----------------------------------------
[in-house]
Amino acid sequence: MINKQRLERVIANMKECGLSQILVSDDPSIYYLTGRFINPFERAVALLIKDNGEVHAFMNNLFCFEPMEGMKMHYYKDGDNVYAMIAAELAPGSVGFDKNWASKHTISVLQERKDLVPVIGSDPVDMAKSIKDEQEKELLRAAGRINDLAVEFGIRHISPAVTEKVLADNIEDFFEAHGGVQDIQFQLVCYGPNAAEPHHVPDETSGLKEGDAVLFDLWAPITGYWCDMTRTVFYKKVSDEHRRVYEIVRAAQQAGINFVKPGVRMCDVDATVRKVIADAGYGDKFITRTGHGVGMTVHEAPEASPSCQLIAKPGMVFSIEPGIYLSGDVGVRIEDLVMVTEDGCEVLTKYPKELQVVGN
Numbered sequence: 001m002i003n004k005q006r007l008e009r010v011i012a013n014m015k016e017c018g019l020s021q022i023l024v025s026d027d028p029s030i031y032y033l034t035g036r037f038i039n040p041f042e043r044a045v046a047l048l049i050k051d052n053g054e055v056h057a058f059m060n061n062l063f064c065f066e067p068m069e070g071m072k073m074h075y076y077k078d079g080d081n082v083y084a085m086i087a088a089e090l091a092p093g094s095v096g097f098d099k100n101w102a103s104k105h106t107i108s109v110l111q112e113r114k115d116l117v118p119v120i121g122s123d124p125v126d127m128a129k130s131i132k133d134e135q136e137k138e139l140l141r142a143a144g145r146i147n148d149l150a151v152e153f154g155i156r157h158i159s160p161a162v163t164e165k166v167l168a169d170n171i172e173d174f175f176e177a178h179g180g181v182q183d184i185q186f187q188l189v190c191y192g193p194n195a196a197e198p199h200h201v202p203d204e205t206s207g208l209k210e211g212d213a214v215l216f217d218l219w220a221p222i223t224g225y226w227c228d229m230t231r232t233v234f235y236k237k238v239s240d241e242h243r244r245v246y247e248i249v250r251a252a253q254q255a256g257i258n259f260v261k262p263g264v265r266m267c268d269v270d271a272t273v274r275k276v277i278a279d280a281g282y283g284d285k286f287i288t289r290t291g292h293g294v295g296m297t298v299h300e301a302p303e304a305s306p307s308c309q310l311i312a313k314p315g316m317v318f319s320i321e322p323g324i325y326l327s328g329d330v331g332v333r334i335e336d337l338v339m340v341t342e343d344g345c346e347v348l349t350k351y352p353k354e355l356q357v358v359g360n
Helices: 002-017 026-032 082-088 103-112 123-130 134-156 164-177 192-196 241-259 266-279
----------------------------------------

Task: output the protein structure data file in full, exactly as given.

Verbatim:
[in-house]
Amino acid sequence: MINKQRLERVIANMKECGLSQILVSDDPSIYYLTGRFINPFERAVALLIKDNGEVHAFMNNLFCFEPMEGMKMHYYKDGDNVYAMIAAELAPGSVGFDKNWASKHTISVLQERKDLVPVIGSDPVDMAKSIKDEQEKELLRAAGRINDLAVEFGIRHISPAVTEKVLADNIEDFFEAHGGVQDIQFQLVCYGPNAAEPHHVPDETSGLKEGDAVLFDLWAPITGYWCDMTRTVFYKKVSDEHRRVYEIVRAAQQAGINFVKPGVRMCDVDATVRKVIADAGYGDKFITRTGHGVGMTVHEAPEASPSCQLIAKPGMVFSIEPGIYLSGDVGVRIEDLVMVTEDGCEVLTKYPKELQVVGN
Numbered sequence: 001m002i003n004k005q006r007l008e009r010v011i012a013n014m015k016e017c018g019l020s021q022i023l024v025s026d027d028p029s030i031y032y033l034t035g036r037f038i039n040p041f042e043r044a045v046a047l048l049i050k051d052n053g054e055v056h057a058f059m060n061n062l063f064c065f066e067p068m069e070g071m072k073m074h075y076y077k078d079g080d081n082v083y084a085m086i087a088a089e090l091a092p093g094s095v096g097f098d099k100n101w102a103s104k105h106t107i108s109v110l111q112e113r114k115d116l117v118p119v120i121g122s123d124p125v126d127m128a129k130s131i132k133d134e135q136e137k138e139l140l141r142a143a144g145r146i147n148d149l150a151v152e153f154g155i156r157h158i159s160p161a162v163t164e165k166v167l168a169d170n171i172e173d174f175f176e177a178h179g180g181v182q183d184i185q186f187q188l189v190c191y192g193p194n195a196a197e198p199h200h201v202p203d204e205t206s207g208l209k210e211g212d213a214v215l216f217d218l219w220a221p222i223t224g225y226w227c228d229m230t231r232t233v234f235y236k237k238v239s240d241e242h243r244r245v246y247e248i249v250r251a252a253q254q255a256g257i258n259f260v261k262p263g264v265r266m267c268d269v270d271a272t273v274r275k276v277i278a279d280a281g282y283g284d285k286f287i288t289r290t291g292h293g294v295g296m297t298v299h300e301a302p303e304a305s306p307s308c309q310l311i312a313k314p315g316m317v318f319s320i321e322p323g324i325y326l327s328g329d330v331g332v333r334i335e336d337l338v339m340v341t342e343d344g345c346e347v348l349t350k351y352p353k354e355l356q357v358v359g360n
Helices: 002-017 026-032 082-088 103-112 123-130 134-156 164-177 192-196 241-259 266-279